Bottom line: as the department, division or subsidiary manager for a business, non-profit or association, if the primary focus of your public relations effort is tactics, you are well-advised to make a shift in favor of this kind of workable PR blueprint that gives you the best chance of achieving your unit’s operating objectives.

end

Bob Kelly counsels, writes and speaks to managers about using the fundamental premise of public relations to achieve their operating objectives. He has been DPR, Pepsi-Cola Co.; AGM-PR, Texaco Inc.; VP-PR, Olin Corp.; VP-PR, Newport News Shipbuilding & Drydock Co.; director of communications, U.S. Department of the Interior, and deputy assistant press secretary, The White House. mailto:bobkelly@TNI.net Visit:http://www.prcommentary.com

About the author: None

PubliCity Outside Your City: Outsourcing For More Affordable PR Services

Author: Todd Brabender

We all know that the Internet has taken away geographic boundaries in the business world. The accessibility and expansiveness of the Internet allows the entrepreneur/business owner anywhere in North America to search outside his local yellow pages for the best and most affordable services available. This is especially true when it comes to finding PR/publicity services for your business. What it boils down to is . the Inter'net can mean a 'net savings in your publicity budget.

A few months back, I got an email from a California client who discovered that the local part-time freelance publicity specialist he had hired was charging three times the amount I charge and providing half the services I offered. Because of that, the client hired me to work with the freelancer in heading up this nationwide campaign launch. The freelancer told me that because of West coast cost of living/overhead, he was forced to charge the higher fees -- surprisingly, he was one of the cheapest publicity pros in that area! I have heard stories like this time and time again from clients who hit the 'net in search of a cheaper alternative to PR services listed in their local directory.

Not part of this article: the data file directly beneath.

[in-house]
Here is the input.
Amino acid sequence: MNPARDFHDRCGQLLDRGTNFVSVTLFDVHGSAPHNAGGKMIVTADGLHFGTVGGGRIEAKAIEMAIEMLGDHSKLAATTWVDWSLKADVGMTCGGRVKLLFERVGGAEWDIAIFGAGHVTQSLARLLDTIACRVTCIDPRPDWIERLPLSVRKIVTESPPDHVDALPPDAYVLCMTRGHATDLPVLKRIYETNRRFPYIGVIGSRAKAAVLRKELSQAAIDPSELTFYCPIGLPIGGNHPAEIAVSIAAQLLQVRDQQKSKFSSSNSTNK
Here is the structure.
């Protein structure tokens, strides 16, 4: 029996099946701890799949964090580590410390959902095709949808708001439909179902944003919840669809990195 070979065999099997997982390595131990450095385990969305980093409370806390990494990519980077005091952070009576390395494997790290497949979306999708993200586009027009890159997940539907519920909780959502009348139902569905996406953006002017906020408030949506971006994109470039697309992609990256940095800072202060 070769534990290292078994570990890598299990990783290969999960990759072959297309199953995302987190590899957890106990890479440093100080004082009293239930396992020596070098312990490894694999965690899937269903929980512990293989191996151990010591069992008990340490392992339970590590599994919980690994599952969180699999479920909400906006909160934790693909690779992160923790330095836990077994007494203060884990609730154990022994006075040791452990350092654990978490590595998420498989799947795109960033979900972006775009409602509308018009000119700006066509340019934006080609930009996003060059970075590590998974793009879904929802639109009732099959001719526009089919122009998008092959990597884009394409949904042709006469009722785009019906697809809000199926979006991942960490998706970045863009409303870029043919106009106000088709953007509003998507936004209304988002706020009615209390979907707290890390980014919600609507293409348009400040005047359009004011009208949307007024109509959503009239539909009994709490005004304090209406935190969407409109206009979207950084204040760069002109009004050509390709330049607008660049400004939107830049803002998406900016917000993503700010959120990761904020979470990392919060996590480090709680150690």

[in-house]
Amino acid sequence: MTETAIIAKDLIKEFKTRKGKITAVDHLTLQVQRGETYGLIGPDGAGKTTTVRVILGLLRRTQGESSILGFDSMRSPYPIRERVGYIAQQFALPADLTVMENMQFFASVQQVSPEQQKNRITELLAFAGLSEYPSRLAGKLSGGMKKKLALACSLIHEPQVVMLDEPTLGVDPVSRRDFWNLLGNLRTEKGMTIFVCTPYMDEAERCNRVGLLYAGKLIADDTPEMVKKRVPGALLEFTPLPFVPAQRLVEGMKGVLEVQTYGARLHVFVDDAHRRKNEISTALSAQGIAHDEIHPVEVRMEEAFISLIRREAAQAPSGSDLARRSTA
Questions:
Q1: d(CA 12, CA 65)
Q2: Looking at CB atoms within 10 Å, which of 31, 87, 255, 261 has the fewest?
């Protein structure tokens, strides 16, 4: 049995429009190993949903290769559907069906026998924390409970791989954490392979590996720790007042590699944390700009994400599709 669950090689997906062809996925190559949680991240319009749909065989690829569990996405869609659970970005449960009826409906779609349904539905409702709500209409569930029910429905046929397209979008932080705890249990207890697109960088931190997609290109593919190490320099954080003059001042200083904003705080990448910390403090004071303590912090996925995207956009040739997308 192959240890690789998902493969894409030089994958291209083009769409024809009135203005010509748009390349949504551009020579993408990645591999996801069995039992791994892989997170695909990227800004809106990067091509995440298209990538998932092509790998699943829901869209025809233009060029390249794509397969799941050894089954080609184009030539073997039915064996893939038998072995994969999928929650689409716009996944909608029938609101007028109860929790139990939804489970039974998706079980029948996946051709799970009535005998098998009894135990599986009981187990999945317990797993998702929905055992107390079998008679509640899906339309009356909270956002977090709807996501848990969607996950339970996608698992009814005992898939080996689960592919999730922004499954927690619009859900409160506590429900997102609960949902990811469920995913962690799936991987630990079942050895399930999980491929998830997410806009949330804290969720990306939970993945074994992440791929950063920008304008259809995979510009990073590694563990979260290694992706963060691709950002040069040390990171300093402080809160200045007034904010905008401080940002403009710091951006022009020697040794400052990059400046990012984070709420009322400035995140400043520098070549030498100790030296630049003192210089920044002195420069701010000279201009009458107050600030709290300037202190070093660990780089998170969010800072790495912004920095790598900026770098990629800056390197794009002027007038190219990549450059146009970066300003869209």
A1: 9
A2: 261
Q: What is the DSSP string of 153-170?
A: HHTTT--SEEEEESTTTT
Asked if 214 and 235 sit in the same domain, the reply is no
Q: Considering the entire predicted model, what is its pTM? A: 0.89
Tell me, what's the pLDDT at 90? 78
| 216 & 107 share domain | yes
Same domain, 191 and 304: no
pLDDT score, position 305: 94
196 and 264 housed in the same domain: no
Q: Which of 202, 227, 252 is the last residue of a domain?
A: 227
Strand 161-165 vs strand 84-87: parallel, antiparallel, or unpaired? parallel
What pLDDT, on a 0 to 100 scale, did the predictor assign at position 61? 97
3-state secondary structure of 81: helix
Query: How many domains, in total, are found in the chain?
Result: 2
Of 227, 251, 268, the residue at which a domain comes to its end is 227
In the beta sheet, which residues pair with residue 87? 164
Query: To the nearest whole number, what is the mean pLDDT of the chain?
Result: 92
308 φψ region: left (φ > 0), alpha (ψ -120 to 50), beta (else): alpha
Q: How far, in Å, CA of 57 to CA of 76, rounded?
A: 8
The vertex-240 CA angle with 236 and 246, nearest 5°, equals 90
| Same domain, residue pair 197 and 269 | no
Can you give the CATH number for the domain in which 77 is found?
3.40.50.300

That fact was drilled home to me even more when I recently took a detailed look at my portfolio of clients. I was surprised to learn that over the last few years more than 40% of my clients for my Midwest-based PR business have come from the West coast, another 25% from the East coast and 10% from Canada. A quick e-mail polling of clients revealed the same story over and over. They simply found it hard to locate professional, affordable PR services in their area, so they turned to the Internet to find it.

Frankly, for publicity campaigns restricted to your city/region, I recommend going with a local PR specialist/firm. They typically know the local media market best and have solid media contacts there. But for a national or industry rade specific publicity campaign for your product/business, explore the possibility of hiring a PR individual or team outside your geographic area -- especially if your product has nationwide appeal. One client remarked that he liked how our campaign brought a Midwest feel to his East coast-based business and helped him open up potential new business avenues. Another client said he looked to outsource to a small to mid-sized city PR business because, as he put it, ""No matter the size of the office, West coast PR firms seemed very plastic and glitzy, while the East coast firms seemed to be too hectic, almost frantic."" That may indeed be a huge generalization on his part, because I'm certain there are wonderfully professional PR businesses in almost every city.